The characters in Kronos Rising are well developed, each with their own complicated backgrounds that have a strong bearing on their current lives. The key to a good story is conflict, and this book is full of it, as the characters come into conflict with each other, which, at times, feels a little contrived, but nevertheless makes for addictive, page-turning reading. Max Hawthorne has also done his research into marine biology and ocean life, which all helps make his characters more knowledgeable and interesting and the whole world more believable, even if there is a giant monster eating people in it. The writing is compelling and action-filled, so even though the book is well over 500 pages long, it is still an addictive read. While the last third of the book goes off the rails a little, and some of the characters become almost caricatures, overall the book is a great addition to this genre, worthy of sitting on the shelf next to Peter Benchley's Jaws.
San Francisco Book Review
Star Rating: 4.5 (out of 5)
"Freed by chance geologic events from the refuge that saved its kind 65million years previously, a Mesozoic horror rises to engulf a quaint East Coast Florida town. An 80-foot eating machine that's neither fish nor mammal, the relentless beast wreaks havoc in the already-complicated lives of several disparate people: a former Olympic fencing champion turned small town sheriff, a conservationist/marine biologist and a psychotic politician. Some other Mesozoic dietary staples of this monster make cameos along the way, as well as some familiar "sea monsters" of modern oceans.
In addition to the horrific predations of the unstoppable beast, several interesting themes are explored in the human drama: post-traumatic stress related to domestic abuse and alcoholism, strained family relations when members are on opposing sides of marine conservation issues and too much power leading to megalomania. This is a fun, entertaining thriller in the tradition of so many greats before it: MOBY DICK, JAWS, BEAST, the writings of Steve Alten.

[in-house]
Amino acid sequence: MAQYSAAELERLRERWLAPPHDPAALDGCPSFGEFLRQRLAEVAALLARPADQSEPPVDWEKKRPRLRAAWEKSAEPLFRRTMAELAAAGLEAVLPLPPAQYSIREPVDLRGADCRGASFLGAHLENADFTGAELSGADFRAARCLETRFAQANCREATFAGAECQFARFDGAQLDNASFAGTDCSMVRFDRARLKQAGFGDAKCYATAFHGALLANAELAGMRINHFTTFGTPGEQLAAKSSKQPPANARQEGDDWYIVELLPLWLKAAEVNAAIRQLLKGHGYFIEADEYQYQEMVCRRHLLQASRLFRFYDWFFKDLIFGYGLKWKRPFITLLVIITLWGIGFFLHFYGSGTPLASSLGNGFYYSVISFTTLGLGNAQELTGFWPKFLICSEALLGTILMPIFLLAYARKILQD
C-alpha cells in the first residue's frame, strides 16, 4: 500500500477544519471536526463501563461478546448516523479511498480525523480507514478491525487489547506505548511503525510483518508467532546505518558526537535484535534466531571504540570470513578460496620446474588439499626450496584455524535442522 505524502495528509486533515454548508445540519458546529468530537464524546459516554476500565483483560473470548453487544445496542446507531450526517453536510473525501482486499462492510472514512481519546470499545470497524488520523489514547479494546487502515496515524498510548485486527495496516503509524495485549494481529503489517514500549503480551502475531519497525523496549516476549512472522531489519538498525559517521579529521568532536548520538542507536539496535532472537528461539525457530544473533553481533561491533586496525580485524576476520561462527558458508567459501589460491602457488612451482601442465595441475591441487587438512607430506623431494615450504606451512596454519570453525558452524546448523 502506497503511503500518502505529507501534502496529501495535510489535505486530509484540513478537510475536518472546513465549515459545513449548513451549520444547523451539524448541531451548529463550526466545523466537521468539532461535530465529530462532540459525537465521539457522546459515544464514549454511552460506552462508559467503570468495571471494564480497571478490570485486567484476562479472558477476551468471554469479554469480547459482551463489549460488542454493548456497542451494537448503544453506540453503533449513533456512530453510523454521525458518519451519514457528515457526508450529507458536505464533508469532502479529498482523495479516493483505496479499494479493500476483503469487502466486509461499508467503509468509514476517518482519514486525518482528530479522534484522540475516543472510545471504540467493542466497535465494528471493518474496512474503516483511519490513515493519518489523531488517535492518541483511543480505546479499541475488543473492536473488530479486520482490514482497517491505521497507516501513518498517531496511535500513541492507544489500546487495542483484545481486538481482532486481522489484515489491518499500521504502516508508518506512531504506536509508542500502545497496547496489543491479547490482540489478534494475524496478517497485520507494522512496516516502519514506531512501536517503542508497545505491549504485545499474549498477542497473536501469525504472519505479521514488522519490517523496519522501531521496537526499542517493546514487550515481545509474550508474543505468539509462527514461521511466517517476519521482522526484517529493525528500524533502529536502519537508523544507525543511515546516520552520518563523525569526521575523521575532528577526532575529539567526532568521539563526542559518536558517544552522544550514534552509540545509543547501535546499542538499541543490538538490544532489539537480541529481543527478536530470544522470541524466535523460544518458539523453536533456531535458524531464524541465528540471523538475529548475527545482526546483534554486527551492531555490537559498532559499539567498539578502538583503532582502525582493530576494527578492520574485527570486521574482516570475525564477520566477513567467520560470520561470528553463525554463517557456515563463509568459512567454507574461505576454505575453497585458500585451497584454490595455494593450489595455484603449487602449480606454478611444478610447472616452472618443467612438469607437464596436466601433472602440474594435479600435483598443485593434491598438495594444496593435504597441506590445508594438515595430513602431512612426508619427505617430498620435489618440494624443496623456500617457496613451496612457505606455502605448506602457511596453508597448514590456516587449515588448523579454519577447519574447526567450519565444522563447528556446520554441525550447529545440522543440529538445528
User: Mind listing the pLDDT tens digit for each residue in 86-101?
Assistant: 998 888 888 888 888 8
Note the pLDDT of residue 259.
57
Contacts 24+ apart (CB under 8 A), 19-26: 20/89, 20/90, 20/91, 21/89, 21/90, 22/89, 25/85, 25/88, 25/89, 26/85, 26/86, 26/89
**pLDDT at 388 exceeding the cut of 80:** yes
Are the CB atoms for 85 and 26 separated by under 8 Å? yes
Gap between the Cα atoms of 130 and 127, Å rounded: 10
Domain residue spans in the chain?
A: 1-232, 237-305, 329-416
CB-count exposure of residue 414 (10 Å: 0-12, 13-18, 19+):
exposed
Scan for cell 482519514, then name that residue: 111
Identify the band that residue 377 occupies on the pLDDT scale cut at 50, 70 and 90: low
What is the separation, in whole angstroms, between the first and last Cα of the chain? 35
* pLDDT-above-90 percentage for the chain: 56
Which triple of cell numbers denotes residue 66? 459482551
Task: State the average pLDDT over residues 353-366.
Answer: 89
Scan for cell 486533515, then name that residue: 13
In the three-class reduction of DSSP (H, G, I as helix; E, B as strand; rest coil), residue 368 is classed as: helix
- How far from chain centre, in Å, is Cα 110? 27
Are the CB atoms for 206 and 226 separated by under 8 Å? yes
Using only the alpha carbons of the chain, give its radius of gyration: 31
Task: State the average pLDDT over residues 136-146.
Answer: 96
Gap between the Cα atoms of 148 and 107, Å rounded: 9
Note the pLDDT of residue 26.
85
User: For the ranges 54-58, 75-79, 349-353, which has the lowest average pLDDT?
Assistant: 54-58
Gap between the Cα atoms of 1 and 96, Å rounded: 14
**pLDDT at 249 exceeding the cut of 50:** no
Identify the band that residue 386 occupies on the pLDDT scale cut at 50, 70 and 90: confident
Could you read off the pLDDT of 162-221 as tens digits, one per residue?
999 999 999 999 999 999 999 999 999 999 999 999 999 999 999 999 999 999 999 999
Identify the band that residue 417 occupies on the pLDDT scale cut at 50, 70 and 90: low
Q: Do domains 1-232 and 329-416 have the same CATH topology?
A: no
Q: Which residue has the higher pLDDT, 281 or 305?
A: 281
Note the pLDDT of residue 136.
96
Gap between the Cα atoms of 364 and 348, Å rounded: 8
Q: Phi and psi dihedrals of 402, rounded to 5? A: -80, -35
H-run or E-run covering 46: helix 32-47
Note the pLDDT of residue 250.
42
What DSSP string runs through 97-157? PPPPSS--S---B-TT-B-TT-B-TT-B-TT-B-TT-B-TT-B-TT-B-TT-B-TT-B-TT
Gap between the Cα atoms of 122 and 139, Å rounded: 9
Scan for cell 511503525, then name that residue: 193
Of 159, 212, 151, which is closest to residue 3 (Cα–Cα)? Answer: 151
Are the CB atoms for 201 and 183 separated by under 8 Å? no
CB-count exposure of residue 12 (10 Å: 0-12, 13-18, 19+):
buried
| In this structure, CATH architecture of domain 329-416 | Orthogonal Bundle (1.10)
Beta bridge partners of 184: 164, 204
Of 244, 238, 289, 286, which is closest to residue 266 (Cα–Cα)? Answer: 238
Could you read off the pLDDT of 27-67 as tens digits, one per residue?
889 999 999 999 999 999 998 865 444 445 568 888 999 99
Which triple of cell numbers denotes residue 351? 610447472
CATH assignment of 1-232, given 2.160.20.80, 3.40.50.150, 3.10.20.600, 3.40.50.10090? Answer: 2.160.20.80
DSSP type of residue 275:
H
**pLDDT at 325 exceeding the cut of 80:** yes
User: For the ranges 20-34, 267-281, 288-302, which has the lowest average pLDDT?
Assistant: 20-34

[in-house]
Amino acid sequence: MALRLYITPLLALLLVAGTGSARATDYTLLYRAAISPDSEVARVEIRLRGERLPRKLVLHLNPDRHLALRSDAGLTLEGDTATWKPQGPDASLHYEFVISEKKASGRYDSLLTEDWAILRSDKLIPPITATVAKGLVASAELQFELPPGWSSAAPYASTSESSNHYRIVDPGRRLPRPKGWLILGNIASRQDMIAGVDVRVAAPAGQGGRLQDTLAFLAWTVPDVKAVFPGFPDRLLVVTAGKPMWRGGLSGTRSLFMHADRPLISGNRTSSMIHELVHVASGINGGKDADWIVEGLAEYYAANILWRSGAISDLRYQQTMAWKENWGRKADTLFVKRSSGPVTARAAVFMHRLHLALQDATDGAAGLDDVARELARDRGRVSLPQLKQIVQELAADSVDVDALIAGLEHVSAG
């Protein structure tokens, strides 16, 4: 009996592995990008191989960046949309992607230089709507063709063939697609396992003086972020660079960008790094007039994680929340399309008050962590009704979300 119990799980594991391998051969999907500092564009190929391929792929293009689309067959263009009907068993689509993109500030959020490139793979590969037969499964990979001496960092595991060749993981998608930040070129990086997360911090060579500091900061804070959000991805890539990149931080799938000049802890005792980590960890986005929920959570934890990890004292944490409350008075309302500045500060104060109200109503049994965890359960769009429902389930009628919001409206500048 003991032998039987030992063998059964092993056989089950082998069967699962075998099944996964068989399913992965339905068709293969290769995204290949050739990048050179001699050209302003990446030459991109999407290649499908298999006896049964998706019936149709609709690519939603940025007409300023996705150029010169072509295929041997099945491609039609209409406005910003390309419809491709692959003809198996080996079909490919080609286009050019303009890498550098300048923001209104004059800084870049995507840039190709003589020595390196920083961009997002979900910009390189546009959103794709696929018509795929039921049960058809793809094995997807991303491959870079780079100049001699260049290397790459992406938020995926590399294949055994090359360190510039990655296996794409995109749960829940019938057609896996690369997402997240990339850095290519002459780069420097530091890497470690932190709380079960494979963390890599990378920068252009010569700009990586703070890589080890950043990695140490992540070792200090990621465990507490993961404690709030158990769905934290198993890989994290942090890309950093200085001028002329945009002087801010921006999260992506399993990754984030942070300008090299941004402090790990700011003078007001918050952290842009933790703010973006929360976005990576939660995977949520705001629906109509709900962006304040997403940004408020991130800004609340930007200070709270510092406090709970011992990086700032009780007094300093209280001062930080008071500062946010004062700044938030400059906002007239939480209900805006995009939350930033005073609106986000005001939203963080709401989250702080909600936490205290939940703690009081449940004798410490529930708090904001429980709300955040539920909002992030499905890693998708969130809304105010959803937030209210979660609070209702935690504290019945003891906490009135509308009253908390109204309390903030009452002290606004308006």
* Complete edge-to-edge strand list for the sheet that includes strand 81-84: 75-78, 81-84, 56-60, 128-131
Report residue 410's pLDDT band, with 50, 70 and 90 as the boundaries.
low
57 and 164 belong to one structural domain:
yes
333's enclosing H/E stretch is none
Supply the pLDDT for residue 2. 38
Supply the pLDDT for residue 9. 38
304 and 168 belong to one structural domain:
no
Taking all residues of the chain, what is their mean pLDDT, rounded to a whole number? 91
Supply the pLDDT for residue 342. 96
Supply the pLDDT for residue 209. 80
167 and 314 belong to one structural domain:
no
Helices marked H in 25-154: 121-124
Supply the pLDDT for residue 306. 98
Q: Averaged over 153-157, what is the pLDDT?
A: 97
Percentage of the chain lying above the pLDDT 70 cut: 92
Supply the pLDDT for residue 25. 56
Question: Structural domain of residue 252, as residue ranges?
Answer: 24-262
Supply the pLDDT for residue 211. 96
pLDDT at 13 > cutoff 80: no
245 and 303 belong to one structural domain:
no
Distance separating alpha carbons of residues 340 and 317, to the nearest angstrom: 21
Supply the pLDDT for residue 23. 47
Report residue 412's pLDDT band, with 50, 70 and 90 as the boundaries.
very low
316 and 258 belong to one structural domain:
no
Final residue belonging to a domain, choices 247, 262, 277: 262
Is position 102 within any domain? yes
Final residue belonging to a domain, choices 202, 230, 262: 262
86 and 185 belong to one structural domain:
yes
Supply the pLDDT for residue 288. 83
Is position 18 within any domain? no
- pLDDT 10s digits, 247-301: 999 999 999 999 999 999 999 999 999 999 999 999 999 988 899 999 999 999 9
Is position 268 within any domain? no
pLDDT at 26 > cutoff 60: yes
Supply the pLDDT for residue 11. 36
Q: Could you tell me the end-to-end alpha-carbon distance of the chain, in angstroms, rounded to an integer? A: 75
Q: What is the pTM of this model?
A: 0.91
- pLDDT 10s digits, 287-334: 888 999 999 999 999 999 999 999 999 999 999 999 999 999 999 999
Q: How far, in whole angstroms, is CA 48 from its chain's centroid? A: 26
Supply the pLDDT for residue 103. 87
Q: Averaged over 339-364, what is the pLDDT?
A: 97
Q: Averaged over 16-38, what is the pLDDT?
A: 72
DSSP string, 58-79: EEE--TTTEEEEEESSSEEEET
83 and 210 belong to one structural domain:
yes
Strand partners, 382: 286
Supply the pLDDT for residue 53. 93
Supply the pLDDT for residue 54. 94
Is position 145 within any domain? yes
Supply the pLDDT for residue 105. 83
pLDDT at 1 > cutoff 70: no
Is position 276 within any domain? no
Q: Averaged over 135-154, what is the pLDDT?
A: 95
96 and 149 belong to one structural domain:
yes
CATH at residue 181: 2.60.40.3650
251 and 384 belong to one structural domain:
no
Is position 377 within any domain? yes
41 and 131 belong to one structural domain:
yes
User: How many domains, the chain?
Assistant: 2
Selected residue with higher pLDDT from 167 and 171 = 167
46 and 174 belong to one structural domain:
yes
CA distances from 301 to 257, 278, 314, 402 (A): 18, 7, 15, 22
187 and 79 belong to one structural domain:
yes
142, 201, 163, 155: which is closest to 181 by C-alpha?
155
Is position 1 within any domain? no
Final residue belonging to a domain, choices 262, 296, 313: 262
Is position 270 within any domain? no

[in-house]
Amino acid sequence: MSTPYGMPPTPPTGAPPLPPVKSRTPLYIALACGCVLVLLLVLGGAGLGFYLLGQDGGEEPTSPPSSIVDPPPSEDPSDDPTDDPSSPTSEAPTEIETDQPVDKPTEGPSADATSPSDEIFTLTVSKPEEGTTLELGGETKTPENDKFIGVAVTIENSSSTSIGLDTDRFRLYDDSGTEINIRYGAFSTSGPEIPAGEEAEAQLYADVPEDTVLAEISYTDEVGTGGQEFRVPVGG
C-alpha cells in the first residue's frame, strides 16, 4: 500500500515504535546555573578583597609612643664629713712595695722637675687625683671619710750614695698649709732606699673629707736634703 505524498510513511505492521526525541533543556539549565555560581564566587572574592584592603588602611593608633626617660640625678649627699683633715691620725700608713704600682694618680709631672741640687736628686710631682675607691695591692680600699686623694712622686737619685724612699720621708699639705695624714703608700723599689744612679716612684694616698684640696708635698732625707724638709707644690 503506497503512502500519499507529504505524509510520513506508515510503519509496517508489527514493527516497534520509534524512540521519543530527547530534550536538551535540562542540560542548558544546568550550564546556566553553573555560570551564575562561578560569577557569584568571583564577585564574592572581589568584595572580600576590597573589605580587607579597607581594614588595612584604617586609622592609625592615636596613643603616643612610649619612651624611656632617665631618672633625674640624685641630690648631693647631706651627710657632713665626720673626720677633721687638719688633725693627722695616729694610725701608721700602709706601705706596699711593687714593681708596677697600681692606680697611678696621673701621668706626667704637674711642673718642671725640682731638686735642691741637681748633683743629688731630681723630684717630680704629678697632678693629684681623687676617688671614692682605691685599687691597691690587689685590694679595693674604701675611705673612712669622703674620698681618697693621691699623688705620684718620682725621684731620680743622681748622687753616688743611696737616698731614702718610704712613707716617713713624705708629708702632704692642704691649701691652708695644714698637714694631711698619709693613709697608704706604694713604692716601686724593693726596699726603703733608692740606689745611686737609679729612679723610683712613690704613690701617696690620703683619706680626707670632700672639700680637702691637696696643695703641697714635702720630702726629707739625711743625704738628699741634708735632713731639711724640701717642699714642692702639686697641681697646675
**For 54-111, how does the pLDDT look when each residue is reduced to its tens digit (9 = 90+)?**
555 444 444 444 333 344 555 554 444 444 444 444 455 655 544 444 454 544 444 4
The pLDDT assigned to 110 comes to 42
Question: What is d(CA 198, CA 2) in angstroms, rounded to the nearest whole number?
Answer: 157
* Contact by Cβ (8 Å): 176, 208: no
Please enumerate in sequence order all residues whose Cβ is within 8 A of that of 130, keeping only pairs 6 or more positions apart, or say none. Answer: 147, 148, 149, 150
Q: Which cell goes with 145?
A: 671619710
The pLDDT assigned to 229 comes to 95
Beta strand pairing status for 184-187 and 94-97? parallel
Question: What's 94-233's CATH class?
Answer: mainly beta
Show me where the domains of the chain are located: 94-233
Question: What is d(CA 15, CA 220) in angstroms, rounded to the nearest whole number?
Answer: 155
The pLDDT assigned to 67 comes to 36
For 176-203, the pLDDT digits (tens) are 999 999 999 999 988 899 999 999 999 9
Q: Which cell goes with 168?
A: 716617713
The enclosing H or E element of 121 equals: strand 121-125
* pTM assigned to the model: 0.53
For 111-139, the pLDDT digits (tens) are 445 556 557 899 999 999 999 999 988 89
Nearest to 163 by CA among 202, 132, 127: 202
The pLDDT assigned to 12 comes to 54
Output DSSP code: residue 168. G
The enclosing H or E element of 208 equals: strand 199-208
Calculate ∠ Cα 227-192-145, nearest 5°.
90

However, it is not derivative of those works and stands on its own merits. At 562 pages, it is not just a pulp novel,either. The characters are well-realized and help carry the story in a compelling fashion. Portions of the novel also carry you back to cataclysmic events in the Age of the Dinosaurs that are as exciting as the modern day drama. I highly recommend KRONOS RISING as a great summer read, just in time for "sea monster" season at the beach! Max Hawthorne's debut novel is hopefully the beginning of more, equally compelling work in a similar vein in the future."
- Scott Mardis on April 28th, 2014 (Cryptomundo)
Dragons, dinosaurs, huge killer sharks - I've always loved monsters. It's one of the reasons I enjoy the "Meg" books by Steve Alten. Meg stands for Megalodon, a giant shark that lived during prehistoric times. It was huge, the largest carnivorous fish known to exist. It wasn't, however,the only predator of the deep. There was Kronosaurus, a marine reptile characterized by a thick head, short neck, and outsized flippers. Its ecological niche appears to be the similar as the Great White Shark. It ate squid, turtles, fish, and smaller dinosaurs, anything that swam into its path.
Kronosaurus ruled the seas during the Cretaceous Period, but that was millions of years ago. It couldn't possibly exist today. Or could it? The oceans' depths still remain mostly un-mapped.It's said we are more familiar with the surface of the Moon than our planet's oceans. Maybe, just maybe, something has survived from long ago.
Max Hawthorne wonders this very thing. In KRONOS RISING, a small, breeding population has survived. One of these prehistoric predators rises from the depths to terrorize a coastal community that won't be idyllic soon. A series of disappearances and horrific deaths sends waves of panic through the small town. The local sheriff begins to investigate what might be murder, but when a full-grown whale carcass surfaces, the true terror begins.
Marine horror isn't new. Peter Benchley started the modern trend with JAWS. Steve Alten gave us Meg, and now we have giant lizards gnawing at our fears. It still works. I love the genre, but it's hard to do anything new with it. Max has managed to give me a couple surprises. Kronos Rising is a well-written story, better than it had to be to deliver its biting horror. There are flawed heroes that are likeable. Villains that I looked forward to being eaten, and a back story that's both feasible and well researched, and most importantly, it's fun.
- Kevin Coolidge, Blogger: From My Shelf Books